We live quite routine lives, most of us. If we analysed what we do, we would find that we follow a fairly similar routine, getting up in the same way, spending our weeks in the same way, and going to bed in the same way.
We are built for homeostasis – in other words, our bodies have evolved with many systems for keeping us on a habitual track. We seek familiarity; we prefer friends; we spurn difference.
While this is good in principle, it also leaves us vulnerable to unfair prejudice, against ourselves and others. We get so used to our habits that we unconsciously limit our options. We get so use to seeing ourselves a certain way, that we fail to see our possibilities. Worse, we divide our fellow humans into categories based on familiar stories. We decide we like certain types and dislike others.
In order to provide more variety, interest and wisdom in our lives, we can try to ask ourselves more often the question ‘what if’?
Many religions have variations on a certain parable, that of the ‘angel in disguise’. We are asked to consider a particuar ‘what if?’: what if the person we are dealing with turns out, surprisingly, to be very special indeed. This thought stops us from dismissing others as of little or no value. Many Buddhists like to live under the assumption that everyone they meet is very special, and possibly a Buddha. It stops them from devaluing others, and makes them attentive to what others are saying. It also trains them to look at the best in others, and is a fundamentally optimistic view.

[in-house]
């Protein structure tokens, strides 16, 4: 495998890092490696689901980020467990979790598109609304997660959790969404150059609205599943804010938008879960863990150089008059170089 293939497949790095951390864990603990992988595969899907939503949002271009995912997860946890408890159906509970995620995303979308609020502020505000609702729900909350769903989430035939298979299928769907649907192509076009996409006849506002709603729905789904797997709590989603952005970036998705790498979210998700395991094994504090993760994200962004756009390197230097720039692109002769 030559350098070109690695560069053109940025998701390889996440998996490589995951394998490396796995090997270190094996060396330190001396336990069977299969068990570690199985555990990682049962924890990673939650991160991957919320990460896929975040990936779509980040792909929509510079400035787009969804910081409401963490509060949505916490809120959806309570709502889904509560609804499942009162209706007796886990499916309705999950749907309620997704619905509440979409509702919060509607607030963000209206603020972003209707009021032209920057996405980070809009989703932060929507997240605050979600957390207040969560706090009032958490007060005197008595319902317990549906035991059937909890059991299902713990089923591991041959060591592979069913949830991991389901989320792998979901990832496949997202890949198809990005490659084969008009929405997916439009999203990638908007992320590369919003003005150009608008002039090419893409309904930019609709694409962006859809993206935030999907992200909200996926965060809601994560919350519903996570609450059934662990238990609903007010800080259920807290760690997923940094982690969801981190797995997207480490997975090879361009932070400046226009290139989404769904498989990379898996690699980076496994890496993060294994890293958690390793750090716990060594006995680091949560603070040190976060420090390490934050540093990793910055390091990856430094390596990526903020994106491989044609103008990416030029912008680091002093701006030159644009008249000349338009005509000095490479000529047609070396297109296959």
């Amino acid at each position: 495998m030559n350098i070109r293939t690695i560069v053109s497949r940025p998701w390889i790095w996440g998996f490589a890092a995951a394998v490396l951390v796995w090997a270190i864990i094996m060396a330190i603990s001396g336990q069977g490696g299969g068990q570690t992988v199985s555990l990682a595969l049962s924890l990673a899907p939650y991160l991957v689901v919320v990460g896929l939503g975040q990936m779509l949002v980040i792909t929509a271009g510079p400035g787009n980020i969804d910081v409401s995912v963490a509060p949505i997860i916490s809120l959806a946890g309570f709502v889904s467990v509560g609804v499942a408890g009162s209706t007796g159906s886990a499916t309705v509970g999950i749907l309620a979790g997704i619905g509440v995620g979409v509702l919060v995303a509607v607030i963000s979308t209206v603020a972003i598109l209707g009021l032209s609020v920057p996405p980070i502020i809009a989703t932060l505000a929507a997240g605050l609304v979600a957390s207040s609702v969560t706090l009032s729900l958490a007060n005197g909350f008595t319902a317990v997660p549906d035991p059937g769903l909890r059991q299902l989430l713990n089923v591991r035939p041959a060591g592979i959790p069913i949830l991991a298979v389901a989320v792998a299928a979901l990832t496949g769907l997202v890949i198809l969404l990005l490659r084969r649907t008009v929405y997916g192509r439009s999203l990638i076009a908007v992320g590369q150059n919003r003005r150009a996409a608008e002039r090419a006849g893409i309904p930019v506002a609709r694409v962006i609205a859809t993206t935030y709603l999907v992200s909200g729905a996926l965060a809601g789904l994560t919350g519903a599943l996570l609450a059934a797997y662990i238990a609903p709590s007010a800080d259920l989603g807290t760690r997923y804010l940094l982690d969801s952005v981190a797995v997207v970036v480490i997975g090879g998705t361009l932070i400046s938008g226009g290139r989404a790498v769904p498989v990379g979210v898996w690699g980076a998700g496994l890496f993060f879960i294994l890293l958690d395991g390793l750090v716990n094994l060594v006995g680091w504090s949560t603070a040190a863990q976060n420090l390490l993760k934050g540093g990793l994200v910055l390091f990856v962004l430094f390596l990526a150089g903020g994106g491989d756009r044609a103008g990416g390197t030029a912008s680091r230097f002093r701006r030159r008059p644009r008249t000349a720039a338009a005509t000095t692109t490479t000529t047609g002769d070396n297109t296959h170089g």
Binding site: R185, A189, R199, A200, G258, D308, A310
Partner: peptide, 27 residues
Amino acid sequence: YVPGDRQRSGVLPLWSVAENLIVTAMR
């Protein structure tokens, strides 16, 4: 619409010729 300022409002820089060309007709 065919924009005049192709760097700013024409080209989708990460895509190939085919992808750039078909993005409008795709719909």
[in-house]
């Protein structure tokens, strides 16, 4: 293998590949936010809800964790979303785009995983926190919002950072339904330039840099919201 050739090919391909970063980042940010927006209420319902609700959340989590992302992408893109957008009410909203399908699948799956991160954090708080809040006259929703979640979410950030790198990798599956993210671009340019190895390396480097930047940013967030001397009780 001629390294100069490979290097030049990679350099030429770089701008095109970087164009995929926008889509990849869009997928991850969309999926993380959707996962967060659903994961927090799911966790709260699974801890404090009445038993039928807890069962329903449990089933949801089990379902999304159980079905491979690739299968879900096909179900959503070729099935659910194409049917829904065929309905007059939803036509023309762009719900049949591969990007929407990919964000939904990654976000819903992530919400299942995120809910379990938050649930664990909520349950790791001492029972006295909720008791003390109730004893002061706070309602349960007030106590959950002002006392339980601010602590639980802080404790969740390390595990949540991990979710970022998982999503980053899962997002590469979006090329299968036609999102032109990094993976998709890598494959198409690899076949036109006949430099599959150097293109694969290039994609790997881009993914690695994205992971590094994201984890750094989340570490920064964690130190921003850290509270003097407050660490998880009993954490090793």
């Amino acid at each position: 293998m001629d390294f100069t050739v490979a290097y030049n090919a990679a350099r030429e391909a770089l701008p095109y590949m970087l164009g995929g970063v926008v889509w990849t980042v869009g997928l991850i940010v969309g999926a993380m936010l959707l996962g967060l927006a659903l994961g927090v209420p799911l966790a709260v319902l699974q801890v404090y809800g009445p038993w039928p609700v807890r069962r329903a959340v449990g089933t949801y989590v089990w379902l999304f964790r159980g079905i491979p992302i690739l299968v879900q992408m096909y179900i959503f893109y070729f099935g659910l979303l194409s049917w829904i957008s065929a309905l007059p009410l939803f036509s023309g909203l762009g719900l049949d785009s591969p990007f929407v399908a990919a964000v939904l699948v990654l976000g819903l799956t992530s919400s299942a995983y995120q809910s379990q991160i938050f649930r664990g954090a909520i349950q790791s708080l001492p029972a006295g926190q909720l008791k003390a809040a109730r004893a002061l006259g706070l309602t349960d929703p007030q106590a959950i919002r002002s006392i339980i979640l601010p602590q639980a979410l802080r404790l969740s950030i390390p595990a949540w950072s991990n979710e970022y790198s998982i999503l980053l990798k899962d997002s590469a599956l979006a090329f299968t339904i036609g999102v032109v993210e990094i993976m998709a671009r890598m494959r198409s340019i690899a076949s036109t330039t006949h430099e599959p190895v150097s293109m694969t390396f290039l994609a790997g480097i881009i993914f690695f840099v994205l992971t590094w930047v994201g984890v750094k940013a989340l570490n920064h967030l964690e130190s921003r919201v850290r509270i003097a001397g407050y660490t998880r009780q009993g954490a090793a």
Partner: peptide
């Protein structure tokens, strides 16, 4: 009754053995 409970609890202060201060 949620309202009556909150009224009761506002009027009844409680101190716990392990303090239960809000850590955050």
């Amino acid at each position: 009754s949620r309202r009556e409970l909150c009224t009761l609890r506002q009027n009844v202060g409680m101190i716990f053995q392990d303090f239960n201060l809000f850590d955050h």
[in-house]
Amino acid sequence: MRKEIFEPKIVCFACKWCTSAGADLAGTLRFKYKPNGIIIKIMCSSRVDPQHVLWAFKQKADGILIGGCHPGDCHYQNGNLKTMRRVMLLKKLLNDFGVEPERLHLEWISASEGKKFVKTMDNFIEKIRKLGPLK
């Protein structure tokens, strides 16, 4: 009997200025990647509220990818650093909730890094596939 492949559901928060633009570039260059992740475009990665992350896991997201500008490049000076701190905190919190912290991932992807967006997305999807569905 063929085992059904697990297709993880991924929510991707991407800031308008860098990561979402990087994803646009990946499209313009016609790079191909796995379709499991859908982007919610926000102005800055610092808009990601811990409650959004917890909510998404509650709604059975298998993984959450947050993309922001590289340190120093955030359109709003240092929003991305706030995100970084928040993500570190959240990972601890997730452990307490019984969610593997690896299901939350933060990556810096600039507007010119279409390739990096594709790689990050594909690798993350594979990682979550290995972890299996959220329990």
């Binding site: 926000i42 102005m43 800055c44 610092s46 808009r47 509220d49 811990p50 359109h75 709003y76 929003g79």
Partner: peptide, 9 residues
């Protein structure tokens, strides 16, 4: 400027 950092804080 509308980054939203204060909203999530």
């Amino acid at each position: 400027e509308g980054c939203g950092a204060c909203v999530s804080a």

Just for today, maybe assume that everyone you meet is an angel in disguise. The disguise is that you are ignorant of their true identity. Try to listen to them and see what you can learn. Look for signs of heroism, and persistence, and inspiration. This prevents us from considering ourselves the centre of the universe, and missing out on what everyone around us has to offer.
We live routine lives, and to an extent thrive on habit.
While this is good and sensible, it also leaves us vulnerable to prejudice and lack of imagination.
Sometimes it is good to allow for the possibility that we are missing the best in others – that there is something in everyone we meet that can enlighten us – that everyone is an angel of a sort.
A great exercise is to learn to treat everyone you meet as though they were an angel, with something to teach you, if you just looked hard enough and appreciated them enough.